Mastering The Big Data Game

Written by Dharminder Biharie
Business Development, Xerox Netherlands
Big Data. Every time I hear this topic I wonder if the print or communications industry will adapt to its unlimited possibilities. Big Data is a business, and so far it seems as though only the gurus of the IT industry have adapted.
The reality of Big Data is that it is only being used by the big tech giants. This falls mostly into the realm of search engines, social media and e-commerce companies. They know how to tap into the power of Big Data.
To be clear, data is everywhere. Long ago it was found in those analogue Rolodex organizers. Today, it’s a central component to all high-end CRM/MIS systems.
Where do you begin?
Have you ever witnessed a meeting in a corporate or SMB environment where there was a flawless integration of IT, Marketing and Sales?
No? Neither have I.
It’s a myth that all these pieces are supposed to work together seamlessly. It’s complicated, difficult, and involved.
But you can make it work if you can get the right stakeholders interacting and discussing. There should be ownership, strategy and vision. Big Data is the goal, but it’s the people who help drive its action.
I can remember a meeting I was once involved in for a large publisher that included both sales and IT (I’m starting to get headaches just thinking about it…) The request was to filter the data out of an SAP system. Before we could launch the campaign, which was driven by XMPie, we needed the data. Our request was simple: we wanted the subscription list for each of the magazines.
7 painstaking months later and we finally managed to get our hands on the data.
There were many reasons for the delay, including the segregation of departments, silo thinking, and alpha-tech-monkey male behavior of the departments. In case you’re wondering, ‘alpha-tech-monkey behavior’ refers to the predominantly male-driven technology business where everyone has a patent on their own knowledge. Feeding knowledge and convincing them of new ways to think is practically impossible.
The importance of alignment and collaboration
If you want to start mining data, you need to work in partnership with the IT, Sales and Marketing departments. Unfortunately for many organizations, this is where problems first start to surface.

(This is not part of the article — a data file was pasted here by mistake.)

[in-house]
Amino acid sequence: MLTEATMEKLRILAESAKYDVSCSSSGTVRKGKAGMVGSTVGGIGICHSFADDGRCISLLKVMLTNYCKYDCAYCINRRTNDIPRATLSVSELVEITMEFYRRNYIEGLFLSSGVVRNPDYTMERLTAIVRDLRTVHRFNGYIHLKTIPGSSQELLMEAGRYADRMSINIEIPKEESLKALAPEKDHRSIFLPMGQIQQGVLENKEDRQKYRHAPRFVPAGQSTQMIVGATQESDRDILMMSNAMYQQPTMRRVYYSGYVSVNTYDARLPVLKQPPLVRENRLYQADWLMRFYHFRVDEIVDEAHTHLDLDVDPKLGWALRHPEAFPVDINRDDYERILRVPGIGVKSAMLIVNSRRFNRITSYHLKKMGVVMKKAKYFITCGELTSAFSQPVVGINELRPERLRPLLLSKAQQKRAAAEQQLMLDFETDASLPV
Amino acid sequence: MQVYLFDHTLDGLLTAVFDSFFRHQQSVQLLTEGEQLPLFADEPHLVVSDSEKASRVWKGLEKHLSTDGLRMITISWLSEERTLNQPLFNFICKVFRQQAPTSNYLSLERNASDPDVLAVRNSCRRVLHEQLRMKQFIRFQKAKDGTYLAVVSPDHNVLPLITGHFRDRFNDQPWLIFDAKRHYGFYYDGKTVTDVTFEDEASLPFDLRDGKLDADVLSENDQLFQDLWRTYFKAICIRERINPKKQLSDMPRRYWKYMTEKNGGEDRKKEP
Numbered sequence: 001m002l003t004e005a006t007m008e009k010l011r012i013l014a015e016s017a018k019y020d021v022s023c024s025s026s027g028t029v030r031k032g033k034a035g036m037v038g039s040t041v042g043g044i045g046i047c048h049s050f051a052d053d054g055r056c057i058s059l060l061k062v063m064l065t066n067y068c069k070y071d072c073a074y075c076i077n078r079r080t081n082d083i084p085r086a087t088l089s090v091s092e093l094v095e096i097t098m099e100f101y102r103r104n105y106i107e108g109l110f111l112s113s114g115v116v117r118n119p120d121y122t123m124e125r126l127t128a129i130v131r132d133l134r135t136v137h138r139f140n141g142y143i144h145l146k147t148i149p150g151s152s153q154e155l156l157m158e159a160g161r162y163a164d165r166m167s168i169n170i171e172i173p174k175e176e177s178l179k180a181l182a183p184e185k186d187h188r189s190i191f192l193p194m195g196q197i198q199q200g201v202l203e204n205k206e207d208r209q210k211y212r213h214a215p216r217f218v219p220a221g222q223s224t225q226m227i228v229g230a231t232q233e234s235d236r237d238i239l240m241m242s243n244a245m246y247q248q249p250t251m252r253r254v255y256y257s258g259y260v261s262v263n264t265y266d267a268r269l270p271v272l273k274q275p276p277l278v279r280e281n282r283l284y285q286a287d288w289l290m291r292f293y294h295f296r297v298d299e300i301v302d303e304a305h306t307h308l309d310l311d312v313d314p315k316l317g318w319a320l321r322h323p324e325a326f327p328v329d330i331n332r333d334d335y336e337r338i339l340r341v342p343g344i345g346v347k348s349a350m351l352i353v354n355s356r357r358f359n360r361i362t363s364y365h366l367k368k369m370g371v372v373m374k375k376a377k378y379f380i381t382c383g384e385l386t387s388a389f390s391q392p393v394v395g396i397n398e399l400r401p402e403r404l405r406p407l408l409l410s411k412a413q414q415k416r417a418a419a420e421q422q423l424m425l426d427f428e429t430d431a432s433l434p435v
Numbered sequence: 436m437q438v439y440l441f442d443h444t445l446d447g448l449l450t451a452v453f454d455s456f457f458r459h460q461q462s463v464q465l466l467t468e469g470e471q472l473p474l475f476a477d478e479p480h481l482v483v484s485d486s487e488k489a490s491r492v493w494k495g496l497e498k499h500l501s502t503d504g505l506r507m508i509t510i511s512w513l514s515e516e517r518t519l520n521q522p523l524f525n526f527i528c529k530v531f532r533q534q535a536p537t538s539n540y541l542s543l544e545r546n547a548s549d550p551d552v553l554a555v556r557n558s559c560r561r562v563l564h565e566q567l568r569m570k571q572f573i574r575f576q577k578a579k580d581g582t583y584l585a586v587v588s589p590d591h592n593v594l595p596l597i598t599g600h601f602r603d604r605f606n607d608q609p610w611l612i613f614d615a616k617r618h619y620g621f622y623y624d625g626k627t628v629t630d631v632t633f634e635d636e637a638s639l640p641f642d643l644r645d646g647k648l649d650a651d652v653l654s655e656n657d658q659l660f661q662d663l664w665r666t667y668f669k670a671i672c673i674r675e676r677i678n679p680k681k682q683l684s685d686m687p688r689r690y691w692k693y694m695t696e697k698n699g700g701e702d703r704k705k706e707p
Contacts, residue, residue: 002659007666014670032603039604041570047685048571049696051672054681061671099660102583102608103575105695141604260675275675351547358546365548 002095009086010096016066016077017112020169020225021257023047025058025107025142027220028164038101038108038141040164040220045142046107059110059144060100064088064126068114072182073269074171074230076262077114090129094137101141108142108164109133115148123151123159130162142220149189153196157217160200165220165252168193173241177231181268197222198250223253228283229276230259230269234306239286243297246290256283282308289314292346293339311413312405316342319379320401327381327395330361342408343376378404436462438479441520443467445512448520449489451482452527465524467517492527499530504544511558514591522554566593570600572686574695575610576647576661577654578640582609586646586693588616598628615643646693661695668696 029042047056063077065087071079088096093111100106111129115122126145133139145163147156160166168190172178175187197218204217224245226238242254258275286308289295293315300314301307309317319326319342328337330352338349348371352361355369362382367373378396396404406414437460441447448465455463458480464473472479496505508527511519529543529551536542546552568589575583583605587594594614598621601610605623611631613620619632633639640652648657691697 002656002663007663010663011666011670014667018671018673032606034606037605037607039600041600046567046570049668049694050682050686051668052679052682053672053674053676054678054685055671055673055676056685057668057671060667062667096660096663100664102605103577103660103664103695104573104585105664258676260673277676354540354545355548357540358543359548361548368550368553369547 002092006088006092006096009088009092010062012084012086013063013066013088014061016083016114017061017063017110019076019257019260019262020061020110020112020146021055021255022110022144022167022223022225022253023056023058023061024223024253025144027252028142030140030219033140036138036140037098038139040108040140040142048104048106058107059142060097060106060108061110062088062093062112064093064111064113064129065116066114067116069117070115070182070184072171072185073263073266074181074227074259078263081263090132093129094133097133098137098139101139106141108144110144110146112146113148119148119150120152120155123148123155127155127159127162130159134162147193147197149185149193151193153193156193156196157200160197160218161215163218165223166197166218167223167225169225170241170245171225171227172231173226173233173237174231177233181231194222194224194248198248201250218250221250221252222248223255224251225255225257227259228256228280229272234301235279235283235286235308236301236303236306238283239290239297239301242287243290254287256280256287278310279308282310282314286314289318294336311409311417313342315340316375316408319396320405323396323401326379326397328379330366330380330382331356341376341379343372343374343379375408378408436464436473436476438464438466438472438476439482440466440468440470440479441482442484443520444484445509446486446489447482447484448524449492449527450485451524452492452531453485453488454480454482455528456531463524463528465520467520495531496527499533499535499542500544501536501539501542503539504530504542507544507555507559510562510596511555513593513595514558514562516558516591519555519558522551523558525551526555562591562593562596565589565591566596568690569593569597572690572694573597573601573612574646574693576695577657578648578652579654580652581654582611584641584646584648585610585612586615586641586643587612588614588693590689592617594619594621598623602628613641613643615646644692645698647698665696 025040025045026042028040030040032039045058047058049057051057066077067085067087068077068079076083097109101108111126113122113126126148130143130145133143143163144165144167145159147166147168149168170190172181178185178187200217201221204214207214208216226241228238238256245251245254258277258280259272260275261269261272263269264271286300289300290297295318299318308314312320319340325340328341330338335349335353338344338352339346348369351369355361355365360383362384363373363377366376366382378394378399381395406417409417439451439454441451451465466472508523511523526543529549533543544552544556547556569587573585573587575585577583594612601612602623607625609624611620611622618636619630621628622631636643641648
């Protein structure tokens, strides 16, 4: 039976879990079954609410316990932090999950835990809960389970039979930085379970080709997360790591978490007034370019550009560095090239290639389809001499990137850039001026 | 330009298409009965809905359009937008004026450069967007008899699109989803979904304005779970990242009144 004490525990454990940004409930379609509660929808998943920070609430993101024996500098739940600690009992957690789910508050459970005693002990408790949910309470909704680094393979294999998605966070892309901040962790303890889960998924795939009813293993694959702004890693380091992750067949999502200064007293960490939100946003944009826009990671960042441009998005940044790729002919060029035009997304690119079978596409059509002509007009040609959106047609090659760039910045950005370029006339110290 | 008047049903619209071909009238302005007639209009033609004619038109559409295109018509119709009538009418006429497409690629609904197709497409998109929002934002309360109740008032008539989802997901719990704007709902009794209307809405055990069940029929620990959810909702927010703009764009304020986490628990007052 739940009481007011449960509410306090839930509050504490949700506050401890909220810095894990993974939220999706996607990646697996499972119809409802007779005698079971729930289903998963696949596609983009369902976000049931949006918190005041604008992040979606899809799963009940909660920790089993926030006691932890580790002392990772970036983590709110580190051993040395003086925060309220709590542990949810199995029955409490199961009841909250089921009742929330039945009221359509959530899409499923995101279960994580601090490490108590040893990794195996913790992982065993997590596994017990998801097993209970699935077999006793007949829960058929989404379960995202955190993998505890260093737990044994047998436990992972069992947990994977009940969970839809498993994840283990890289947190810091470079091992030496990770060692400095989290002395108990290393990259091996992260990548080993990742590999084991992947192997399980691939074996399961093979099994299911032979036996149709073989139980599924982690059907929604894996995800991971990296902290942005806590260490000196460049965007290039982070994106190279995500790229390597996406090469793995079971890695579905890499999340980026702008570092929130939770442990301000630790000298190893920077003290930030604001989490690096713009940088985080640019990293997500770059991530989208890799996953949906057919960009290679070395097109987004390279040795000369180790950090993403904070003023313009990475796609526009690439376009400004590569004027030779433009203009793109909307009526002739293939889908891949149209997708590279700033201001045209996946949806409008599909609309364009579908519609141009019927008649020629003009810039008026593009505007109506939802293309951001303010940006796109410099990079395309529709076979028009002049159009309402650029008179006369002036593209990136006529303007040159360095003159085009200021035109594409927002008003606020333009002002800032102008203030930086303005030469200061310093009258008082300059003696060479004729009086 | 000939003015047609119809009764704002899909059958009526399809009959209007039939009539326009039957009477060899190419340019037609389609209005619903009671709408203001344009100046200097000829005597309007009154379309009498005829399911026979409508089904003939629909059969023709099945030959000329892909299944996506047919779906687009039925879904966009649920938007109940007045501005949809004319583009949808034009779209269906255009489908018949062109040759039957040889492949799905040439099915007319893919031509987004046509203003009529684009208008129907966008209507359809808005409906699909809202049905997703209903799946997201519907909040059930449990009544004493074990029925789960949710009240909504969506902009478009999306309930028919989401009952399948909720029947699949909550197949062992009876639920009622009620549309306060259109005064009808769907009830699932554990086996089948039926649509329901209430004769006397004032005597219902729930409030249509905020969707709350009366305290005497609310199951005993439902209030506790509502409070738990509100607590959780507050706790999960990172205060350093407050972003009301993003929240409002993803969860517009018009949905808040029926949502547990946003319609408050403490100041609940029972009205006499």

Sales has a different focus compared to marketing. Sales people live in the here and now. They always want to be informed when someone tries to communicate with their customers. Meanwhile, marketing views the world through rose-colored glasses and sees opportunities to target new audiences with new products. But hang on…sales is still talking about the old products. You don’t want to disrupt a sales cycle!
All the while, IT is having a headache trying to keep up with the mail and file servers, not to mention integrating to the cloud. And now they are being asked to extract data for a 1:1 communication campaign? Are you serious?! There’s no time for this!
Before deciding to get involved in these challenges, one word of advice: get a good night’s sleep the evening before getting started, as sleep will be hard to come by afterwards.
The current business landscape demands behavior that operates at fiber optic speeds. You need to help coordinate and integrate IT, Sales and Marketing. Mark my words, within two years the smart companies will be forming groups specifically focused on ISM (IT, Sales and Marketing), demanding that staff oversee activities in each of these areas.
What can you do as a company?
If you want to convince your customers and help get them involved in implementing Big Data, you need to play the role of a United Nations Blue Helmet peacekeeper. You will be responsible for managing three departments with their own agendas. Will this be challenging? Yes, undoubtedly.
Don’t be shocked if other players begin entering and mastering the Big Data game. Fortunately, there’s a lot to gain and the potential benefits will help offset any headaches from those ‘seamless’ meetings with Sales, Marketing and IT.

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